QuickTime 5 has been released! You can get it from Apple's QuickTime downloads page, or just use your QuickTime Updater application. For more information on both QuickTime 5 and QuickTime Streaming Server 3 (which will be available in May), read a 4/23 Apple press release, "Apple Announces QuickTime 5 and QuickTime Streaming Server 3".
For some commentary regarding what the QuickTime 5 release means in terms of the video streaming market, read a cnet article, "Apple looks to new QuickTime for video spark".
The one thing that you may notice is missing from the released version of QuickTime 5 is the Sorenson Video 3 codec. You can read a bit about this in Tuesday's MacInTouch news listing.
Sorenson announced the Windows version of Sorenson Broadcaster, which will be available this summer. It will allow you to stream live video from a Windows computer; previously you could only do so from a Mac. Read a Sorenson 4/23 press release, "Sorenson Media Announces Sorenson Broadcaster for Windows", for details.
If you're still trying to figure out what's going on with MPEG-4 including information about an upcoming MPEG-4 codec for QuickTime, read a DV.comspecial report, "The Many Faces of MPEG-4", by Ben Waggoner.
And, if you're impressed with how well Ben Waggoner explains things, you may be interested in compression workshops he's teaching in May and June; check out the Stanford Academy for New Media Presents page.
Other workshops of interest include those being offered by ici Media on "LiveStage Professional" and "Creating & Deploying Interactive Video". You'll find information about these at ici Media's Training page.
Still more opportunities for learning will be in June at the QT Boot Camp conference in Cologne Germany. This is the first QuickTime authoring conference in Europe. Details are at the QT Boot Camp web site.
Another 4/23 Apple press release, "Digital camera makers latch onto QuickTime", talks about all the digital cameras that integrate QuickTime technology into their products, including 25 of which can actually capture audio and video in the QuickTime format.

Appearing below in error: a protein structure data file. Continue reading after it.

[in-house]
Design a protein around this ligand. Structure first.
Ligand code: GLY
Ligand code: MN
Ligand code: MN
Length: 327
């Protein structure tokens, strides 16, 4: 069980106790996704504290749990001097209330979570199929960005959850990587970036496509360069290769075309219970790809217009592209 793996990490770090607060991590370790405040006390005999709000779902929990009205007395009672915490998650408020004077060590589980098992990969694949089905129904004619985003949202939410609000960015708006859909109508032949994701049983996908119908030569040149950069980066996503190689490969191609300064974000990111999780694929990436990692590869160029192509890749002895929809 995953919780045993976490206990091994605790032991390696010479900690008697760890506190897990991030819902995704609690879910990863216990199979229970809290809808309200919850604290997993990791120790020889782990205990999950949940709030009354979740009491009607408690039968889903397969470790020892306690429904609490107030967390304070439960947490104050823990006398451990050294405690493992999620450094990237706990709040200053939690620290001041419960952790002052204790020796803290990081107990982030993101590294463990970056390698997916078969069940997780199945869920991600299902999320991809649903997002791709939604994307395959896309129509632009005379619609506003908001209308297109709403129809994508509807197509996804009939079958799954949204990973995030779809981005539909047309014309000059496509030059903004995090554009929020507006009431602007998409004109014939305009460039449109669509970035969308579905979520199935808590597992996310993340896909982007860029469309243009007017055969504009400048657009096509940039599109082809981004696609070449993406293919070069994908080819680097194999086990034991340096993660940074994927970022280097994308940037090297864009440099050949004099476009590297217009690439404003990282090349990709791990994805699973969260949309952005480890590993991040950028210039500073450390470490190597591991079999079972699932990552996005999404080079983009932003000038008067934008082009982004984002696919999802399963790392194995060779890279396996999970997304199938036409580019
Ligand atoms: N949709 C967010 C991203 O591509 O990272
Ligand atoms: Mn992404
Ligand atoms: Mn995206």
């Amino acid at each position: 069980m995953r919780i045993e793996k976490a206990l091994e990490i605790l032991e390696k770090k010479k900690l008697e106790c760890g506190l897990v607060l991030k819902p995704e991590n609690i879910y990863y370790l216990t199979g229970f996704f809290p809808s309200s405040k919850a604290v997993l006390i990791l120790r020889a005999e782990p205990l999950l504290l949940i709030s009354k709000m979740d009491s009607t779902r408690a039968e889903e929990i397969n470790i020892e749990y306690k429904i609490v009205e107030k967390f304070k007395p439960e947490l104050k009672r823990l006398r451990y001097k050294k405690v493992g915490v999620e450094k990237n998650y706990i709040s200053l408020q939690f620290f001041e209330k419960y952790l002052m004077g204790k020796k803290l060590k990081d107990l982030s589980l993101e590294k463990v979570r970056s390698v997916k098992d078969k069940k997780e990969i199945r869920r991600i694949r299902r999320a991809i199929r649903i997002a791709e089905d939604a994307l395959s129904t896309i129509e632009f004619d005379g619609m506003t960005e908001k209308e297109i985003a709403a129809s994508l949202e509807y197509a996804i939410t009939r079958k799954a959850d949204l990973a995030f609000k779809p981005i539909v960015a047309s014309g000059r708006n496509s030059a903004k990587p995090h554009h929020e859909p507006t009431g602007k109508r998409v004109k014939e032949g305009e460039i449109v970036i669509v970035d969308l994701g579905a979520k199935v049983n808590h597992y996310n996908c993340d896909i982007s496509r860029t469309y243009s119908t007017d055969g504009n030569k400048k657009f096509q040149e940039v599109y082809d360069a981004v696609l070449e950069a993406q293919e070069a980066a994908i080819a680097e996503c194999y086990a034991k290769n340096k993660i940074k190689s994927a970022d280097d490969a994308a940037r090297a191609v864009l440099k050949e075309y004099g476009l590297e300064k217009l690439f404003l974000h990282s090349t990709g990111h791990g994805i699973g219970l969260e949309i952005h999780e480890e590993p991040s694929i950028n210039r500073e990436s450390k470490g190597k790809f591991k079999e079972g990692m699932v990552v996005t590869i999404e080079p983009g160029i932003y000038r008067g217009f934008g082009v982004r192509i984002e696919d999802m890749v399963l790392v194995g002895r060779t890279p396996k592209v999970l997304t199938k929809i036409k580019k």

There's a new QuickTime editing application. MediaEdit is an inexpensive (currently $30 for beta 14) tool that lets you add transitions, paint on movies (rotoscope), and more. Check it out at the Mien Network Media Edit page.
A MacCentral article, "NAB: Stitcher for Mac OS X previewed" covers the first Mac OS X application for stitching together images to create QuickTime VR panoramas.
There's a Streaming Media Market Report at MacInTouch which provides information on the usage of the three major media architectures (QuickTime, Real, and Windows Media), MPEG-4, and how Apple can build market share for QuickTime.
If you're trying to make sense of MPEG-4 (including its relationship to QuickTime) and what it can do for you today, you'll want to listen to this week's Streamingmedia.com talk show. You can also check out an article at PC Magazine, "Will MPEG-4 Fly?".
Last week, Media 100 laid off much of the Terran team (the folks who developed Cleaner). Sparse details are in a MacCentral article, "Some Terran employees given pink slips". There is a new independent (i.e. not run by Media 100) Terran Cleaner Mail list that you can subscribe to.
You'll find a summary of the different types of QuickTime tracks as well as a few comments about QuickTime 5 in Mac OS X in the March 30th iQT column.
If you're interested in QuickTime 5 and MacOS X, you may also be interested in a seminar Apple is sponsoring at the Seybold Boston conference. Go to Apple's QuickTime 5 and Mac OS X Seminar page for details and registration information.
A MacCentral Online article, "iMovie, QuickTime focus of higher ed seminar" reports on a how a college professor uses QuickTime to improve student learning.
Channel Storm released version 1.0.2 of Live Channel, software that serves as both a broadcaster and QuickTime Streaming server, It's also capable of mixing video coming from different cameras and adding effects , all live. In other words, it's like a TV studio in one software application. (It runs on FireWire-equipped Macs.) Check out the Channel Storm web site and download Live Channel for free.
There's a review of VRWorx in the April issue of Macworld. (VRWorx is a tool for creating QuickTime VR movies.)
Also in Macworld is an interesting article,"Homemade Mac: Not Just Any Vacation Photo, Part Three", documenting the use of PhotoVista (low cost VR software) to create QuickTime VR panoramas.
You can now download a beta of the next version of PuppetTime Producer, a 3D character animation program that you can use to create QuickTime-based digital stories. (There are both Mac and Windows versions.) Go to the PuppetTime home page for more information and links to the download.
We won't be publishing the Little QuickTime page for the next few weeks, due to the upcoming Spring holidays and the need to finish our QuickTime 5 book. We'll be back on April 23rd. (Hopefully, QuickTime 5 will have shipped by then!)